It seems that every couple years, Facebook users mount a collective rebellion against the social network, posting an annoying, misinformed status update about privacy.
If you’re unfamiliar with the message -- which threatens legal action against a multi-billion dollar company for making user data public -- refer to the profile of your retired neighbor’s best friend’s podiatrist. They’ve probably posted it, in some scathing form or another:
While it sounds like a cause worthy of gathering pitchforks and storming Facebook Headquarters in Menlo Park, California, this warning is nothing but an empty hoax. For starters, Facebook’s terms and conditions declare that simply using the platform grants the company absolute control over “any IP content that you post on or in connection with Facebook.”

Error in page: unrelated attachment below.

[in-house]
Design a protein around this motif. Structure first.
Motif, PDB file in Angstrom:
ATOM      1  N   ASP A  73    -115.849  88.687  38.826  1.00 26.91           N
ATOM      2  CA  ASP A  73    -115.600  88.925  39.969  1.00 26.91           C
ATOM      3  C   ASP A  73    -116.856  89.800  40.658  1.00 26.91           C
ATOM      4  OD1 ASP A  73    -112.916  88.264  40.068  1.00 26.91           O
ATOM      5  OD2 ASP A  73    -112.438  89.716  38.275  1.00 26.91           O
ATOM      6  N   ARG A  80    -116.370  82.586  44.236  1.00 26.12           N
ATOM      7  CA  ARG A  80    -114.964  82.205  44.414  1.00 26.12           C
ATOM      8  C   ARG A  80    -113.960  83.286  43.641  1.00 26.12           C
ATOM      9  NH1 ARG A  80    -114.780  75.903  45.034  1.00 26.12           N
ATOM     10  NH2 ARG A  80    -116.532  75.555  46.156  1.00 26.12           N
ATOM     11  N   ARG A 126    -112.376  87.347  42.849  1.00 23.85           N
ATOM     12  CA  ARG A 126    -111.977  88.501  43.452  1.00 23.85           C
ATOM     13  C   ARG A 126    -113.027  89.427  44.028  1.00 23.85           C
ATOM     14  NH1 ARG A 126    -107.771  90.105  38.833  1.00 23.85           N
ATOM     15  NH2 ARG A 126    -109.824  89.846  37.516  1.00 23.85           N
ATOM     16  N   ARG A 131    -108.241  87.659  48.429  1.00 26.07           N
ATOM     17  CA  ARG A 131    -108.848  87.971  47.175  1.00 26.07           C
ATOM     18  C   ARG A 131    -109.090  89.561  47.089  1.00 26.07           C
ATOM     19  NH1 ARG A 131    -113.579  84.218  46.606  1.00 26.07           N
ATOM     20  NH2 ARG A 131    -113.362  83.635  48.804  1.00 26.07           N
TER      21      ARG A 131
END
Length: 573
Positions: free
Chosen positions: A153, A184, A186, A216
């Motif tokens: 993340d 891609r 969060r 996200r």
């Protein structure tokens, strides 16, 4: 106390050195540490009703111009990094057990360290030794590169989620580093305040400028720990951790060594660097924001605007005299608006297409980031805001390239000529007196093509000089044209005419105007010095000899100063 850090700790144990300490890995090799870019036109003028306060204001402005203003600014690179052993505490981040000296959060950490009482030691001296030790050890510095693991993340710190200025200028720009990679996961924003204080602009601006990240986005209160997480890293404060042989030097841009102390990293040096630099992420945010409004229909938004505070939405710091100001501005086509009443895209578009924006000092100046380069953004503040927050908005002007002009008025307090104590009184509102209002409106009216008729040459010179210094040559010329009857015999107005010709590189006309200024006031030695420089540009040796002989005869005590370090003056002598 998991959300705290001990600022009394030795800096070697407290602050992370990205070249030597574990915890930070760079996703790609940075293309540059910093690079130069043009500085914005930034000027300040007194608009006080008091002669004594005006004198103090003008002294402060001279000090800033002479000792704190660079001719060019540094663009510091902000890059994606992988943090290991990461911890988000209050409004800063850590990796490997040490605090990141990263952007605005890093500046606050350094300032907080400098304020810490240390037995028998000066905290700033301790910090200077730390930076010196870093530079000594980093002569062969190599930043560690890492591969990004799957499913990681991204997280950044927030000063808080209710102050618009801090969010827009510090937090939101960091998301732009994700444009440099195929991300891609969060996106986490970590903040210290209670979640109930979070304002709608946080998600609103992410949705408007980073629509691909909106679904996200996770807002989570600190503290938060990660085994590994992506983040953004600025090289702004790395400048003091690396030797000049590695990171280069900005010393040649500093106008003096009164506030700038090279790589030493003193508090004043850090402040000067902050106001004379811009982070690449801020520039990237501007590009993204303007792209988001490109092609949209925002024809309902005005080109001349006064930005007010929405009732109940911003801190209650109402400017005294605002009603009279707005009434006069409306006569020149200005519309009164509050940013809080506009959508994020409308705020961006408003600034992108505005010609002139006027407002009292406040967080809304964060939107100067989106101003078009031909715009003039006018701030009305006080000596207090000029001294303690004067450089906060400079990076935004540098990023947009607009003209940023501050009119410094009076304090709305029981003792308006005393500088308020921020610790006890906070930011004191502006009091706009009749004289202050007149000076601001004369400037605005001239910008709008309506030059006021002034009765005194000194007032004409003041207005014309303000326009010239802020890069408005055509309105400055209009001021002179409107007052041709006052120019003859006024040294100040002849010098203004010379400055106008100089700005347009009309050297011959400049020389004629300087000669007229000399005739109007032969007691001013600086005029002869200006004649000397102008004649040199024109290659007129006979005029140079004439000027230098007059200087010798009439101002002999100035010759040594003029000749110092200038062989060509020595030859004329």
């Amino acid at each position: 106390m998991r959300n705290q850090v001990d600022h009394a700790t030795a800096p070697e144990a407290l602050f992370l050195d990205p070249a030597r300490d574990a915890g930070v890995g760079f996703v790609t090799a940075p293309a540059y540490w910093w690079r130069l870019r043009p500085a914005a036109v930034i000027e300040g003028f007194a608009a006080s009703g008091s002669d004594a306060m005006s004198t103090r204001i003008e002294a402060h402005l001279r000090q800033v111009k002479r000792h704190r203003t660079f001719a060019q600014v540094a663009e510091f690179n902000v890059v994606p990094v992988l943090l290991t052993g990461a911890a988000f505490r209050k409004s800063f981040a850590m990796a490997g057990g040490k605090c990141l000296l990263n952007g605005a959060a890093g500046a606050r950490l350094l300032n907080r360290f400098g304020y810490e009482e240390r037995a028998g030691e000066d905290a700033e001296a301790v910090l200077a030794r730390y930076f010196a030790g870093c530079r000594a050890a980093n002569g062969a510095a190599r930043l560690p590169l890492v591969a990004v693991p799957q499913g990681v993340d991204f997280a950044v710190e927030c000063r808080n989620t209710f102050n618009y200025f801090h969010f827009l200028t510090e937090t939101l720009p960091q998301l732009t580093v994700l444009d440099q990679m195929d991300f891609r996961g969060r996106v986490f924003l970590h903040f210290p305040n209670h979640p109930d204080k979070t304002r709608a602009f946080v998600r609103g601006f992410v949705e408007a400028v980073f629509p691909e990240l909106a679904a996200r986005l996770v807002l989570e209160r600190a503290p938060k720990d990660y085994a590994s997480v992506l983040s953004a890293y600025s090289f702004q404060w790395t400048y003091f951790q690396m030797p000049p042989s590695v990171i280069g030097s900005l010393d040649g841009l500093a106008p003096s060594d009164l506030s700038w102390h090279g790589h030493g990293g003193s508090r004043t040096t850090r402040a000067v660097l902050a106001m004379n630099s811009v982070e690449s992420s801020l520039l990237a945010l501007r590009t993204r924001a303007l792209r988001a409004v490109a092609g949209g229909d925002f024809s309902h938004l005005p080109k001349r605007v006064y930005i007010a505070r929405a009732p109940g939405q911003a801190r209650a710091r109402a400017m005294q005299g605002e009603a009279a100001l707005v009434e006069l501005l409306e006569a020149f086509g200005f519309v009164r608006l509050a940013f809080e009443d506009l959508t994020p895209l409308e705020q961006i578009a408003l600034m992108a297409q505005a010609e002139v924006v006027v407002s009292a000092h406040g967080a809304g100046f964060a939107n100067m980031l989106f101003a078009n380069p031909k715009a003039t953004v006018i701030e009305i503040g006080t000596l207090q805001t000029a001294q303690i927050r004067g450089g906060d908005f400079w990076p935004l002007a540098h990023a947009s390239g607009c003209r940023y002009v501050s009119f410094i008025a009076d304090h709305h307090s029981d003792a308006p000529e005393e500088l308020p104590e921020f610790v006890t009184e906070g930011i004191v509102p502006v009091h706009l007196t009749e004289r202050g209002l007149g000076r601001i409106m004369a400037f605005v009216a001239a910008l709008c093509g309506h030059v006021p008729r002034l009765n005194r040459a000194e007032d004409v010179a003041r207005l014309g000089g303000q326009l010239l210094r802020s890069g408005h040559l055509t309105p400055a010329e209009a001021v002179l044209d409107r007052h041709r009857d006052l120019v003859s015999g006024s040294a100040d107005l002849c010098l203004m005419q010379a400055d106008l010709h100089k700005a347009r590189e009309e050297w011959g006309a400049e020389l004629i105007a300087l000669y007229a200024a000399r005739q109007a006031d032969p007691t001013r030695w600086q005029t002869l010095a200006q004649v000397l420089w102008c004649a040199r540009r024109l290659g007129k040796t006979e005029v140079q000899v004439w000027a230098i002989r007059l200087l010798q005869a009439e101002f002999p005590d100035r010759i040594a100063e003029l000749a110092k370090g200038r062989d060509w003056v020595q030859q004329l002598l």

Yes, you consigned the company “non-exclusive, transferable, sub-licensable, royalty-free, worldwide license” to all the mundane selfies and trivial anecdotes you’ve ever shared on the website. The only way to nullify this clause is to delete your profile -- an easy enough endeavor, but how on Earth could you vent on social media without Facebook, your most mortal of enemies?
Additionally, the status update cites laws UCC 1-308- 1 1 308-103 and the Rome Statute as the legal precedent for taking Mark Zuckerberg to court over this petty nonsense. The Guardian notes the Rome Statute's origin in the International Criminal Court, and that the law “deals specifically with genocide, crimes against humanity and war crimes. Copyright infringement and privacy concerns are a long way from their concerns."
Anyway, before you post the righteous screed to your profile, give Facebook’s terms and conditions a thoughtful read. Yes, it’s a boring, jargon-filled set of rules, but it sure as hell proves one thing: The company has the upper-hand here, so delete your account, or get in line.